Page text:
What to include in a memory book?

One question that I hear a lot about from people who want to make memory books for dementia care is – how do you decide what to include?
Honestly, it’s usually more about what to cut. Most people have amazing collections that could fill many books. The key is to just pick a few small stories to share. You can always do another book. Because brain and eye fatigue is so much of an issue with this population, we need to keep the content VERY limited. Blurry photos are worse with blurry eyesight. Dark images can also be hard to read. Little things like this may be enough to help winnow down the huge pile of possible photos into a manageable amount (30 – 50 max per book).

Here are a five more tips on what I always look for.
1 – find a favorite picture that shows the subject smiling. It doesn’t need to be recent.

Jack swimming - one of his favorite things

2 – think about what defines them as a person. Focus on the happy things. In this sample book, Jack is swimming (and smiling). Perfect. You can fill a few pages in the book with action shots of hobbies, travel, or other important things.

Grandpa Jack Sample page 33 – Jack was an avid gardener for many years. His home had amazing gardens that he loved to maintain. But as his memory fades, he’s not as clear about when they sold their house (almost a decade ago) and moved into a retirement community. I didn’t want to include upsetting subjects, so I focused on his more recent gardening work, and the annual trip to Sherwood Gardens. We didn’t include any pictures that might trigger the “where am I and when can I go home?” conversation.

4 – Include family. You can mix eras in a page or a two page spread. For example, include photos of both (now adult) children and grandchildren. However, keep the captions clear and try not to go back and forth too often. In this case the beach is a unifying theme, and it’s the subject with two generations of children. The captions continue the larger story that was on the facing page.

Alice Beach Sample Page

5 – Only place a few pictures per page. Make it easy on the eyes to stay on the page. Keep lots of negative (white) space and big text in an easy font (I use Georgia a lot). I also increase the line spacing a bit, and use shorter paragraphs to help eyes from getting lost in the text.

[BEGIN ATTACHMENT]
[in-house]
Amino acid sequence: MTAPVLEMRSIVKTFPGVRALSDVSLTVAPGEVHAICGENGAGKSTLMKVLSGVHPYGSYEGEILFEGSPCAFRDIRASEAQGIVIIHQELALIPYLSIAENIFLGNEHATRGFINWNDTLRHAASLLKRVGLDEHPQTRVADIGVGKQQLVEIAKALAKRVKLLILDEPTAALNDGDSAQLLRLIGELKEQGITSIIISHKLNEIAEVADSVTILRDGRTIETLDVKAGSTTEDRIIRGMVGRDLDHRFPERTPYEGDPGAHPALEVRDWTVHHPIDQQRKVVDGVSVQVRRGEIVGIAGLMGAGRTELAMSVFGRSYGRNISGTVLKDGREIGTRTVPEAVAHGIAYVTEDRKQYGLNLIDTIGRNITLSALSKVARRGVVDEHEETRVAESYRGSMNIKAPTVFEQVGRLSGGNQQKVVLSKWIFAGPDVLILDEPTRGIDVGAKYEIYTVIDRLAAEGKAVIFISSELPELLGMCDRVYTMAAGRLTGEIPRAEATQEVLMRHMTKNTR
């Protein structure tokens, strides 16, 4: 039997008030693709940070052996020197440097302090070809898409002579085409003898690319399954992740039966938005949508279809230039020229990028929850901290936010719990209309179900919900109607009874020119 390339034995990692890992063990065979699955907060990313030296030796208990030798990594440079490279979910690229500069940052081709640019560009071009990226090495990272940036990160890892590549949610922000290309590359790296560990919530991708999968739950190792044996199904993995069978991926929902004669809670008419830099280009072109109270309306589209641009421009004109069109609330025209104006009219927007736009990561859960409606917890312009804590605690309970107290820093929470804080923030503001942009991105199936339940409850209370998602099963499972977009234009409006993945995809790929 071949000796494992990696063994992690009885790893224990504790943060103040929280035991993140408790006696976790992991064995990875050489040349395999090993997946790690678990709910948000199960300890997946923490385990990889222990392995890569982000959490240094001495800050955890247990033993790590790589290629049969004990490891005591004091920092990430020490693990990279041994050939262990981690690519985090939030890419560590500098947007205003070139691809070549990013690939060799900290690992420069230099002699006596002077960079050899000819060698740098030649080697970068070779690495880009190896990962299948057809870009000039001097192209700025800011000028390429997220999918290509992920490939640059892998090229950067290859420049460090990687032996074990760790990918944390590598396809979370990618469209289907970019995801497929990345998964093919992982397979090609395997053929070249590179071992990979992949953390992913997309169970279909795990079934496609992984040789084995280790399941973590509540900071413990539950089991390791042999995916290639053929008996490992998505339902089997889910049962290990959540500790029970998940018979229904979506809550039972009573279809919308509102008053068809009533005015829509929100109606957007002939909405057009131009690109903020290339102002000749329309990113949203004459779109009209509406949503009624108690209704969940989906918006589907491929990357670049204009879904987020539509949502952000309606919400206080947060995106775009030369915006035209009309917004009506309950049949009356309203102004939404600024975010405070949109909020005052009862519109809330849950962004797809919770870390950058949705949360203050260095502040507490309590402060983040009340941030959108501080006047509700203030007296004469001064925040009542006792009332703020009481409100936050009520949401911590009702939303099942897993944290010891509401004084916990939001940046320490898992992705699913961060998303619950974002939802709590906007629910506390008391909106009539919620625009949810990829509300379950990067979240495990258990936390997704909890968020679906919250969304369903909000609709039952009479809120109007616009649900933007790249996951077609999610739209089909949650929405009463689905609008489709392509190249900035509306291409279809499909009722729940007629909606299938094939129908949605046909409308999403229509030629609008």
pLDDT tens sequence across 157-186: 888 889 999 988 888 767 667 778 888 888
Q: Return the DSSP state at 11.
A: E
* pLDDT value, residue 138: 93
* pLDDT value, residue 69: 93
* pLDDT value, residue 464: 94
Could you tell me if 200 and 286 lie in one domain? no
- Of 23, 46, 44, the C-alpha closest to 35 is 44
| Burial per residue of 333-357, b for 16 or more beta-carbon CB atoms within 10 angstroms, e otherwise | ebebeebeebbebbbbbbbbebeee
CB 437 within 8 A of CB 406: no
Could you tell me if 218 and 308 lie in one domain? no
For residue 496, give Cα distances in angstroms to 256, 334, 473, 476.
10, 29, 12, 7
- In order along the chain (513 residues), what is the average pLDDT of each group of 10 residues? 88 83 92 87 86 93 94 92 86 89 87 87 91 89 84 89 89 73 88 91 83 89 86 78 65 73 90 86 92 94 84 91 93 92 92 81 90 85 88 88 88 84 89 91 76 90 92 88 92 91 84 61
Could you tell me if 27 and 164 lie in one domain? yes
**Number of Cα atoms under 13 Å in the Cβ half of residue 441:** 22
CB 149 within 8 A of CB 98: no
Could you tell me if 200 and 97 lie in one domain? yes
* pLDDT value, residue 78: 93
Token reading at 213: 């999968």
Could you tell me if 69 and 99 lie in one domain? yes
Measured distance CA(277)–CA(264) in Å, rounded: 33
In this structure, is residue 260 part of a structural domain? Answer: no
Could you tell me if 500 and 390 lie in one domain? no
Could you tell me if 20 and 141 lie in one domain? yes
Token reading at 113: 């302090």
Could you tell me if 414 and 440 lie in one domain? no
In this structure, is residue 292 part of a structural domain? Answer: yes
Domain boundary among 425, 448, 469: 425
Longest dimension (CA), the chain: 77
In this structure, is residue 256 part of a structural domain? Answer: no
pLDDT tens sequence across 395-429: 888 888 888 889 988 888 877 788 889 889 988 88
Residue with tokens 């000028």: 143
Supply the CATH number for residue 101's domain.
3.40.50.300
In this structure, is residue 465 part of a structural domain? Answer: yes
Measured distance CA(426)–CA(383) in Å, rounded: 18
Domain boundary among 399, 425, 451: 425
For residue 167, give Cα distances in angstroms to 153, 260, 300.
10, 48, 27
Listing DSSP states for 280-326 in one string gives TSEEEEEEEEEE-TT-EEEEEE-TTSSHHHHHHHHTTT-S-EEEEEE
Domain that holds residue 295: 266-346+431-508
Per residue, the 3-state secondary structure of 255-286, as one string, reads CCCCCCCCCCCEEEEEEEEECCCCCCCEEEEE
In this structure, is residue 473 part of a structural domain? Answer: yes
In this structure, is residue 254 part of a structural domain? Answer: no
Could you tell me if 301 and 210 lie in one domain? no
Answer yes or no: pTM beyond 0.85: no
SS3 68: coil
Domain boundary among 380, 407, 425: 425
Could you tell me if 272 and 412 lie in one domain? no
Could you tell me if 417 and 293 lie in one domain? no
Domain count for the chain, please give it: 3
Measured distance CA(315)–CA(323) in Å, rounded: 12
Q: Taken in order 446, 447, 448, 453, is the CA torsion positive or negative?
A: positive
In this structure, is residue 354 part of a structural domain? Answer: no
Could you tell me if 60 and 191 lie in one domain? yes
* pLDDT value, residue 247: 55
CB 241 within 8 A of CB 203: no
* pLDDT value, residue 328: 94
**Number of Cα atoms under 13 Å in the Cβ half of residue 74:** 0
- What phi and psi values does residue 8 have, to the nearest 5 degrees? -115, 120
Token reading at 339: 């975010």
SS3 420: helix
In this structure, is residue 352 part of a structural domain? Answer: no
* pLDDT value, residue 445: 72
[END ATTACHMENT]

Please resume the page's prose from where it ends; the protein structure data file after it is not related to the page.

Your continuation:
Day of Service

Wearing my crafty-mom hat, yesterday I helped 18 students and family members make over 150 cards to give to sick kids at our local children’s hospital. This was the second year we’ve done this project as part of the Martin Luther King, Jr Day of Service at my son’s school.

hand made cards for sick kids

Starting to fill up the rack. It was a handy place to let cards finish drying and be out of the way while creative chaos swirled around the room.

It’s always on the edge of chaos, but the end results are wonderful. People get really into the creativity and the service aspect of the project. The idea of bringing smiles and encouragement to sick children really resonates.

And, on a purely personal note, it’s fantastic to see my old scrapbooking supplies get some use. I have huge piles of old paper, punches, and a massive sticker collection from a wide variety of sources. They don’t get much attention since I’ve switched over to digital photo books.

If you’re thinking about doing a project like this yourself – here are a few tips:

  • Check with your local children’s hospital to see what they want. Most have rules about content (no “get well” or “feel better” messages), no envelopes, don’t include personal information or addresses.cutting guidelines
  • It’s hard to do this with very young children. Less than about 7 years old, they really need one-on-one supervision. Having specific examples and limited supplies helps to focus their creativity.
  • Two hours is the longest most attention spans can last, even with breaks.
  • Smaller card sizes are better. We cut 8.5×11″ cardstock in half, then folded those to make standard cards.
  • We also used old 12″ cardstock – cut 4″ off one edge for scrap then cut big piece in half & folded to make two 4×6″ cards. Since we aren’t using envelopes, it’s OK to have different sizes.
  • I print & cut up a bunch of appropriate sentiments on white and vellum paper. Some of them are generic like “Sending you big hugs and extra smiles” and others are more thematic like “Just swimming by to say hi!” and “You shine brighter than the sun.”

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  • Clean up is one of the biggest parts of this project – have plenty of recycling and trash cans available and have a volunteer collect trash a few times during the session.
  • Science and art class rooms work well because the surfaces are easy to clean.
  • Of course, use washable markers (no stamps/ink pads), and school glue or glue sticks. We have baskets for every two people with markers, crayons, scissors (kid sized) and glue sticks.
  • Card blanks, paper, stickers, foamies, punches and other specialty supplies can go on a couple side tables.IMG_2511
  • We started off lining up the finished cards along the ledge of the chalk/dry erase board. We ran out of room pretty early, so this year I brought a clothes drying rack (mine is from Ikea) which worked great! Glue needs time to dry, and it’s nice for people to see how many cards we’ve made.

After everything’s dry and you’ve recovered, go thru the cards to make sure they all work within the your hospital’s guidelines. Keep the delivery group small when you go for your pre-arranged drop off. Realize you’ll probably meet with a community development person, not see any of patient care areas directly.

I hope this helps you plan your card making activity. I am grateful to all the blog posts and websites I found with great ideas for how to do this. Your wisdom helped make our event such a success!